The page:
Today is my first day of school and I feel very old indeed. My very young, very blond lab partner reassured me that she knows someone else going back to school who’s like, forty. Thank you, lab partner.
Today is my first day of school and I feel very old indeed. My very young, very blond lab partner reassured me that she knows someone else going back to school who’s like, forty. Thank you, lab partner.
Ten Sleep, Wyoming, has been kind of the hot new climbing area for awhile now, and it wasn’t too far out of our way, so we decided to stop and check it out.
I hated Ten Sleep. I spent the first day feeling really sick, perhaps because I’d grown so used to being damp and cold that when faced with blazing sun and heat, my body had no idea what to do. I’d also smashed my hand on a rock at Lake Louise, which aggravated an old wrist injury that didn’t take too kindly to wrenching my fingers into little pockets, which is all you get to do at Ten Sleep, more or less. The impeccable quartzite at Lake Louise made me think I could really get into sport climbing. The pocked, brittle limestone at Ten Sleep snatched my sport climbing hopes and dreams right back again.
Well, I guess it was worth the stop just to climb a ridiculous route named BEER BONG.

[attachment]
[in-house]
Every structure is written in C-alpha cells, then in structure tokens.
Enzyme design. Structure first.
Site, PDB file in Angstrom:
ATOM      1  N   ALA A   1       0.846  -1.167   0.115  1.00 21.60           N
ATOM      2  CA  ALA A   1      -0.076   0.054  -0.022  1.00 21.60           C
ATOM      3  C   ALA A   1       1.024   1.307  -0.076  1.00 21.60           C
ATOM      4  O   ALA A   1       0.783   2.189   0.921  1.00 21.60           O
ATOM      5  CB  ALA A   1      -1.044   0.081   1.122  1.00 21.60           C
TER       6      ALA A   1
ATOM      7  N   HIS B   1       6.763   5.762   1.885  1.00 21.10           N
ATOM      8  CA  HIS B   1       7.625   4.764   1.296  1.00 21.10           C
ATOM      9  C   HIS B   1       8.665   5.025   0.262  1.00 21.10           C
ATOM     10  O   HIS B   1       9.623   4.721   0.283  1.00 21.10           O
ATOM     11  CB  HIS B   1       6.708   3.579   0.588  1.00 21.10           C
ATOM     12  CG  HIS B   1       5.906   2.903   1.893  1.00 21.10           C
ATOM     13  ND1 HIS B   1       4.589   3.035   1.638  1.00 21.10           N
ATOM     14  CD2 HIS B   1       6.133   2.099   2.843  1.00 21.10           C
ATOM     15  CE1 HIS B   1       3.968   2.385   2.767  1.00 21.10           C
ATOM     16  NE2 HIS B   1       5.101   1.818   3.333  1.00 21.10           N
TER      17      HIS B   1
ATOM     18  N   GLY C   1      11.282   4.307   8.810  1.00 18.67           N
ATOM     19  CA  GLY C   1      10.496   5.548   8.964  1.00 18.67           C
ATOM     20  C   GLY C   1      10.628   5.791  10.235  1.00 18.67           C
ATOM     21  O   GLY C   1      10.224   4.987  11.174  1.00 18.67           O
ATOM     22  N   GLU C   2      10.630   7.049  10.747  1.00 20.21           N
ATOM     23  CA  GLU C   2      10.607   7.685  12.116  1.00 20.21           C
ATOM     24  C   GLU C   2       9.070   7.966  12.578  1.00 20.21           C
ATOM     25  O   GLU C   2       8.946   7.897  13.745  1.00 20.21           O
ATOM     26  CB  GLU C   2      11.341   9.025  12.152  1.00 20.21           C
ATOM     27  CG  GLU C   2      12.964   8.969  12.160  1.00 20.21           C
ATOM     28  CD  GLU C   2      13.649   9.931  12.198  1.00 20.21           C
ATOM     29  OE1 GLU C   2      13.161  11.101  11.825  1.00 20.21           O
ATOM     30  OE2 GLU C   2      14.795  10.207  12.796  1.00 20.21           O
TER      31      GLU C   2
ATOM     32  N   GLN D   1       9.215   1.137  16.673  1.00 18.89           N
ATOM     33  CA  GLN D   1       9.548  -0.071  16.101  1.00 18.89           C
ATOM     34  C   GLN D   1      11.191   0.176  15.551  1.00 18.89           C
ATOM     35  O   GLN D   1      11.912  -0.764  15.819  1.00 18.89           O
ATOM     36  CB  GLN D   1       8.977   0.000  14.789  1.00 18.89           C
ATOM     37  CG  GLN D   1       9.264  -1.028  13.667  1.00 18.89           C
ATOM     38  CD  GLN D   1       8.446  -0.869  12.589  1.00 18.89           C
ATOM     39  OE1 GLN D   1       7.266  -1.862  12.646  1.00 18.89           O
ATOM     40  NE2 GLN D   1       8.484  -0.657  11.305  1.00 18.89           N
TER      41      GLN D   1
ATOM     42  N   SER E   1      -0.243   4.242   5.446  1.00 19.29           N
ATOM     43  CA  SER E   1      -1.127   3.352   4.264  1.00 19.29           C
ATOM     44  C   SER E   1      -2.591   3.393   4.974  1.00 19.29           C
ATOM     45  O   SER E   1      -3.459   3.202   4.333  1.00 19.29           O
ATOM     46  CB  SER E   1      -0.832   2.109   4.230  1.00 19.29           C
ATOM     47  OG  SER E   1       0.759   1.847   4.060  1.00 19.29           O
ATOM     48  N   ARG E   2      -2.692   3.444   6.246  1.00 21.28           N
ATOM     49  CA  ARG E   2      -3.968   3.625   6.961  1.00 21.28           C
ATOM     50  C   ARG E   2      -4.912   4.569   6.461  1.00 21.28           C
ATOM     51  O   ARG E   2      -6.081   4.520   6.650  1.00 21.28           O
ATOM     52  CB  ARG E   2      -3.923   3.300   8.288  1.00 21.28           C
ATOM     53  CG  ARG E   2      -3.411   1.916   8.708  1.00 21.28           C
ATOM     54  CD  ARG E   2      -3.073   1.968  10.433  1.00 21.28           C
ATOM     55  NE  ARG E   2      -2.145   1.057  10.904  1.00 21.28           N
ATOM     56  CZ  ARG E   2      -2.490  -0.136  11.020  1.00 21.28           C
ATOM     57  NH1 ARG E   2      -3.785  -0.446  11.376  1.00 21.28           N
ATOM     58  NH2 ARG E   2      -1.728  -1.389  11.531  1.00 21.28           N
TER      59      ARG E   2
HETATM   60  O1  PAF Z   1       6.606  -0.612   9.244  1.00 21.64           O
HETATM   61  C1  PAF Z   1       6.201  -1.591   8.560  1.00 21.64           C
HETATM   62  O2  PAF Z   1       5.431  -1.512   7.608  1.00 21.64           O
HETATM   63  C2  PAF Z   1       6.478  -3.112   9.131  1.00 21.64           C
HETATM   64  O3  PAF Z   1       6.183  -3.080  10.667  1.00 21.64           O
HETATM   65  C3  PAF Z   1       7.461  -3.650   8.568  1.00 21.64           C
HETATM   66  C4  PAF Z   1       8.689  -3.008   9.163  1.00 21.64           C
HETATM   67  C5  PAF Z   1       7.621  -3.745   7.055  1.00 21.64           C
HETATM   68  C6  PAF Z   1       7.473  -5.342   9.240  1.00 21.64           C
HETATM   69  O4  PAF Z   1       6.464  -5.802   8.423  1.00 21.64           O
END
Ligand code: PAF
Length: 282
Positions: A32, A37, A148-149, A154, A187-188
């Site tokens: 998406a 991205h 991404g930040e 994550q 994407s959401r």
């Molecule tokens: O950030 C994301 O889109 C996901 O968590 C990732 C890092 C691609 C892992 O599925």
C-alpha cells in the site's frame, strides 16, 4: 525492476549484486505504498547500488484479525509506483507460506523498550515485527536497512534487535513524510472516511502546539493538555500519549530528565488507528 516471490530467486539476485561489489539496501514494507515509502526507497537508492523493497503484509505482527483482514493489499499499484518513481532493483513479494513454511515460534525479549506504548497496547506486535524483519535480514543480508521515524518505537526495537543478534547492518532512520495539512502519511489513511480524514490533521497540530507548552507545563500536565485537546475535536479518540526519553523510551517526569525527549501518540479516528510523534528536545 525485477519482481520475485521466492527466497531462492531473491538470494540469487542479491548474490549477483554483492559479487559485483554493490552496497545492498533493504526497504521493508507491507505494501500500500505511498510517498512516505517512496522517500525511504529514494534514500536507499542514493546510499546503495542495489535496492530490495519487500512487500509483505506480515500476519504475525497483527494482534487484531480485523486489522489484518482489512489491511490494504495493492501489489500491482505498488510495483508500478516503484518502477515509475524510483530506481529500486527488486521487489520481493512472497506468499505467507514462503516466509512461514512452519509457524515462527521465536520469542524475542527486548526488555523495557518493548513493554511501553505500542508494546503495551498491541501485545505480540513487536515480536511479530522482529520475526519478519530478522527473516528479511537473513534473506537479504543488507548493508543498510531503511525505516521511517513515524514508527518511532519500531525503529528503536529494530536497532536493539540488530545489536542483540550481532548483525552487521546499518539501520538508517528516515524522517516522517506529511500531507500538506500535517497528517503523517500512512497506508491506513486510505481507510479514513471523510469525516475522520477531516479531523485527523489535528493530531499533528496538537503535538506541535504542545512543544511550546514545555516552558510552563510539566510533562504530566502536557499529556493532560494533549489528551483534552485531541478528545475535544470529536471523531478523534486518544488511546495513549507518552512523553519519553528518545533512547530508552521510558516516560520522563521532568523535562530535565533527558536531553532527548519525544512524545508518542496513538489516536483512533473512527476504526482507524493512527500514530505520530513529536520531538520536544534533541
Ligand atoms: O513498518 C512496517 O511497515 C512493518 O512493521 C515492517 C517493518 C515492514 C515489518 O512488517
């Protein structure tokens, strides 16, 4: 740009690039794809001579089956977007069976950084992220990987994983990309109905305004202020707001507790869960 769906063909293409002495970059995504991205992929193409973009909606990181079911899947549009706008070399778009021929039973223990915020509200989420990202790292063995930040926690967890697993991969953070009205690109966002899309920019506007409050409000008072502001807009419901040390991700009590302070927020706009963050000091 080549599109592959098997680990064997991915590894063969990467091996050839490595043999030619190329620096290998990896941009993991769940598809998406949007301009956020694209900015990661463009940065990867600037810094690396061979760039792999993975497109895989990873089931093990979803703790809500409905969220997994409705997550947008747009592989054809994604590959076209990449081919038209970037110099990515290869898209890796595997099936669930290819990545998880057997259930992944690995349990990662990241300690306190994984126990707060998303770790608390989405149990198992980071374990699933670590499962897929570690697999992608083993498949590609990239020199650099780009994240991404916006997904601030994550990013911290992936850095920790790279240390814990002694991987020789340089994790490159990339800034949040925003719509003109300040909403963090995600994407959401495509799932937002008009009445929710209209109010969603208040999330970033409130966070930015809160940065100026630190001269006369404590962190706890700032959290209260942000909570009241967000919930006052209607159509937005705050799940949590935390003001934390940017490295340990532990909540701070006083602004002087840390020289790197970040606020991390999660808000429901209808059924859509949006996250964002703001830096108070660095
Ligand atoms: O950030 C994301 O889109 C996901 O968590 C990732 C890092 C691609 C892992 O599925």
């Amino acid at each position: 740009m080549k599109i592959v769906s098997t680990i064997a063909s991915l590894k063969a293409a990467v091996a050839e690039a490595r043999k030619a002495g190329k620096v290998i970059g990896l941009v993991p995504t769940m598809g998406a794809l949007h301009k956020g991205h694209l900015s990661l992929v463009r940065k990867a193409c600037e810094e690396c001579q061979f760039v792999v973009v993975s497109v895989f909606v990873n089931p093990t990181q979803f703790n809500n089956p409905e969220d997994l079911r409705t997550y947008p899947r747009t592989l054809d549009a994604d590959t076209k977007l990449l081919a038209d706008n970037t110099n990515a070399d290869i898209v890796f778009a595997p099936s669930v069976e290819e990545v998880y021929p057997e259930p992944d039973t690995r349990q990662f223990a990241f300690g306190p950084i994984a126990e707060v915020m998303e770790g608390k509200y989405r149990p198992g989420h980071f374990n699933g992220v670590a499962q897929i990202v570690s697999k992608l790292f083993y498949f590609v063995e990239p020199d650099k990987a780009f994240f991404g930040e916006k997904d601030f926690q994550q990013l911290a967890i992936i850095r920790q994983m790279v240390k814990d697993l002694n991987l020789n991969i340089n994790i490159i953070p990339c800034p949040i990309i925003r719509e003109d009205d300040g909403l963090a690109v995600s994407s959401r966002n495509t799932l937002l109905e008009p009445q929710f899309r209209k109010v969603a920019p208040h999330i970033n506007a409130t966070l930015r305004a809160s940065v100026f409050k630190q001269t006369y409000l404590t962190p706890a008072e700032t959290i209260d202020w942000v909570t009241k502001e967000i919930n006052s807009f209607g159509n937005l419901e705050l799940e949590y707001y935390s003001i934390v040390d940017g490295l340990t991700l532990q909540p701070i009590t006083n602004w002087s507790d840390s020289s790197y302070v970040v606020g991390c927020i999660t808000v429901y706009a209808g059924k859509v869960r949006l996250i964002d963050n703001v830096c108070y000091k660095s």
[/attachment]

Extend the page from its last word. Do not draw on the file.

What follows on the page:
So long, Ten Sleep! From now on if I want to go sport climbing on crappy rock I don’t really trust very much, I can do it much closer to home.
We fled the rain of the Bugaboos in search of better climbing on the eastern side of the Canadian Rockies. We drove through Banff to Lake Louise under worryingly dark skies, but a park ranger reassured us that the forecast promised sun in the afternoon and evening. We set up a campsite, cooked some lunch, got our climbing gear together, and drove up to the lake to do some climbing. We made it as far as the parking lot before it started to pour.
So we fled!
We’d heard about a climbing area named THE GHOST, which requires hours of driving on terrible dirt roads before the roads just give up and you have to drive across a river bed and dirt trails in your hopefully burly vehicle. Also the area is named after a CANNIBAL GHOST, so really, what’s not to love? Actually we drove all this way only because the guidebook mentioned The Ghost is in a rain shadow, so we were dismayed when it began to rain on us. Again. We climbed a 400 foot limestone cliff anyway.